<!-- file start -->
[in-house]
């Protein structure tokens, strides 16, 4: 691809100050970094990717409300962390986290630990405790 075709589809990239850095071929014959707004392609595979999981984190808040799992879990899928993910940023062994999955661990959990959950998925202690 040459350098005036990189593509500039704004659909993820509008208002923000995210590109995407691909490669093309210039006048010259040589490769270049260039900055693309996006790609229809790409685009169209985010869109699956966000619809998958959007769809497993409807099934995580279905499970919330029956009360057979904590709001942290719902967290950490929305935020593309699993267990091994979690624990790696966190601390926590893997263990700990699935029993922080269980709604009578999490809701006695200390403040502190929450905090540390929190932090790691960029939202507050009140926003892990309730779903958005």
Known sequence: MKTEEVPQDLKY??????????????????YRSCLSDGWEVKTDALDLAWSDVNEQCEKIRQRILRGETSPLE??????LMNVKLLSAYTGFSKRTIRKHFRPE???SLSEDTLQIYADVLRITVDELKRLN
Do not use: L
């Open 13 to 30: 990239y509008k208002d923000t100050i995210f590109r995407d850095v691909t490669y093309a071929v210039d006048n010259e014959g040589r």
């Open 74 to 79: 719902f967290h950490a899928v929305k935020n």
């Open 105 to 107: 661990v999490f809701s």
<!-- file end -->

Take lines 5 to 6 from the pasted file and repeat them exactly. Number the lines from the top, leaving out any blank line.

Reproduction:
């Open 13 to 30: 990239y509008k208002d923000t100050i995210f590109r995407d850095v691909t490669y093309a071929v210039d006048n010259e014959g040589r």
């Open 74 to 79: 719902f967290h950490a899928v929305k935020n």